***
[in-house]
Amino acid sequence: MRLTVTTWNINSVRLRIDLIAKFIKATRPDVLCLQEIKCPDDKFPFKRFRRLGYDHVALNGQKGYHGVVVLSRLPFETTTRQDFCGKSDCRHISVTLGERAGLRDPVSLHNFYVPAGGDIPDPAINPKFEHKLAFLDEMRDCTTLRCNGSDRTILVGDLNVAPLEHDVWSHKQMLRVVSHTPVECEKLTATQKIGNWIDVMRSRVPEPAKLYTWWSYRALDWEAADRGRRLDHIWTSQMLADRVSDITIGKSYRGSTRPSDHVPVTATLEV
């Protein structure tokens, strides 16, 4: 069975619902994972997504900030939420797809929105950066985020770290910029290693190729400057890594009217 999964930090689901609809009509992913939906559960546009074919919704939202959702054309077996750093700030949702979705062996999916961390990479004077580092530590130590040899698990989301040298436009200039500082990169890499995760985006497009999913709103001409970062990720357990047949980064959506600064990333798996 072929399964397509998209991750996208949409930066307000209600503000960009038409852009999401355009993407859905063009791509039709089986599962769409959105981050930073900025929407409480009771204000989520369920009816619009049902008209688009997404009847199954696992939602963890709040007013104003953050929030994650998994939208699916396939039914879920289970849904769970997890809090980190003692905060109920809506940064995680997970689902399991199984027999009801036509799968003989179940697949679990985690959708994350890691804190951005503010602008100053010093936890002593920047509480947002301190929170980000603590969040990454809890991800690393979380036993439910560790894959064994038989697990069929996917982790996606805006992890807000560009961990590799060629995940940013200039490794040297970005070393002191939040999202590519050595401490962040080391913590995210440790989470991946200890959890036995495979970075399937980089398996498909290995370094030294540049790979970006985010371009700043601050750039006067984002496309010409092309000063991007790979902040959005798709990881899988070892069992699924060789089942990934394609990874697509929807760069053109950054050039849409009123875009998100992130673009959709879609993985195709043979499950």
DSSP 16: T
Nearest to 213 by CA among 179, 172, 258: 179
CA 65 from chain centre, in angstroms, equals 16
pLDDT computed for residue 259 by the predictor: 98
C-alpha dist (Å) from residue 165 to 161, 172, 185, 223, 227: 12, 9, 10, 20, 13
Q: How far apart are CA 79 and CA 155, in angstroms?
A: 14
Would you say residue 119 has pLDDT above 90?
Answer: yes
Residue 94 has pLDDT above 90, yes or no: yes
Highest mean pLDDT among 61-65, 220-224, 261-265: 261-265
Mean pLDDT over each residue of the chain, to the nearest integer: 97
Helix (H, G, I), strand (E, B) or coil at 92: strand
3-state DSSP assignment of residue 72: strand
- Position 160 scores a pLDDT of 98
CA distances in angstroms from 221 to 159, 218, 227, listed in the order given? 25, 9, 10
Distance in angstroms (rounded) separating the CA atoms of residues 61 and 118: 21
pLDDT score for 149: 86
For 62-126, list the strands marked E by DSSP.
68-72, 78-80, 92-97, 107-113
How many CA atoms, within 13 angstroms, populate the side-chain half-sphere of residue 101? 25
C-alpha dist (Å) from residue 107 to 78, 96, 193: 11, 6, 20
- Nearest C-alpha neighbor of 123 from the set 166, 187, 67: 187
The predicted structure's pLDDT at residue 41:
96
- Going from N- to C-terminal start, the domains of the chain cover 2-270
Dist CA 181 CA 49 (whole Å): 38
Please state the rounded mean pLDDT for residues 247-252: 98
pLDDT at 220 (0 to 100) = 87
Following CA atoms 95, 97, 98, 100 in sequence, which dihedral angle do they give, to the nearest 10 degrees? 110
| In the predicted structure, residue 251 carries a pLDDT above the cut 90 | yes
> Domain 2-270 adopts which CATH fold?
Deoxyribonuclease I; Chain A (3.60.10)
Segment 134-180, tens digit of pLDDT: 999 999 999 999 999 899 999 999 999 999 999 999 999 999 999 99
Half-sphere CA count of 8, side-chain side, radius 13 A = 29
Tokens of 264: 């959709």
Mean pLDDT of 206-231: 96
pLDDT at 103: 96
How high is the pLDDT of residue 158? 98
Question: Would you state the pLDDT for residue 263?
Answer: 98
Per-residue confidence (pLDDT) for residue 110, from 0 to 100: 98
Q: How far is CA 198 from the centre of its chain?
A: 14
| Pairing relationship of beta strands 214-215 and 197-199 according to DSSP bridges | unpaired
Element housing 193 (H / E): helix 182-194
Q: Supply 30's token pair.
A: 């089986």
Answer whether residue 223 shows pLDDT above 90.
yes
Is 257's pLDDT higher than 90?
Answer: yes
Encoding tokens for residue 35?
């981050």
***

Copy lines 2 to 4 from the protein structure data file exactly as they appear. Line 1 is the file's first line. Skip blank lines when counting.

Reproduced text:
Amino acid sequence: MRLTVTTWNINSVRLRIDLIAKFIKATRPDVLCLQEIKCPDDKFPFKRFRRLGYDHVALNGQKGYHGVVVLSRLPFETTTRQDFCGKSDCRHISVTLGERAGLRDPVSLHNFYVPAGGDIPDPAINPKFEHKLAFLDEMRDCTTLRCNGSDRTILVGDLNVAPLEHDVWSHKQMLRVVSHTPVECEKLTATQKIGNWIDVMRSRVPEPAKLYTWWSYRALDWEAADRGRRLDHIWTSQMLADRVSDITIGKSYRGSTRPSDHVPVTATLEV
């Protein structure tokens, strides 16, 4: 069975619902994972997504900030939420797809929105950066985020770290910029290693190729400057890594009217 999964930090689901609809009509992913939906559960546009074919919704939202959702054309077996750093700030949702979705062996999916961390990479004077580092530590130590040899698990989301040298436009200039500082990169890499995760985006497009999913709103001409970062990720357990047949980064959506600064990333798996 072929399964397509998209991750996208949409930066307000209600503000960009038409852009999401355009993407859905063009791509039709089986599962769409959105981050930073900025929407409480009771204000989520369920009816619009049902008209688009997404009847199954696992939602963890709040007013104003953050929030994650998994939208699916396939039914879920289970849904769970997890809090980190003692905060109920809506940064995680997970689902399991199984027999009801036509799968003989179940697949679990985690959708994350890691804190951005503010602008100053010093936890002593920047509480947002301190929170980000603590969040990454809890991800690393979380036993439910560790894959064994038989697990069929996917982790996606805006992890807000560009961990590799060629995940940013200039490794040297970005070393002191939040999202590519050595401490962040080391913590995210440790989470991946200890959890036995495979970075399937980089398996498909290995370094030294540049790979970006985010371009700043601050750039006067984002496309010409092309000063991007790979902040959005798709990881899988070892069992699924060789089942990934394609990874697509929807760069053109950054050039849409009123875009998100992130673009959709879609993985195709043979499950």
DSSP 16: T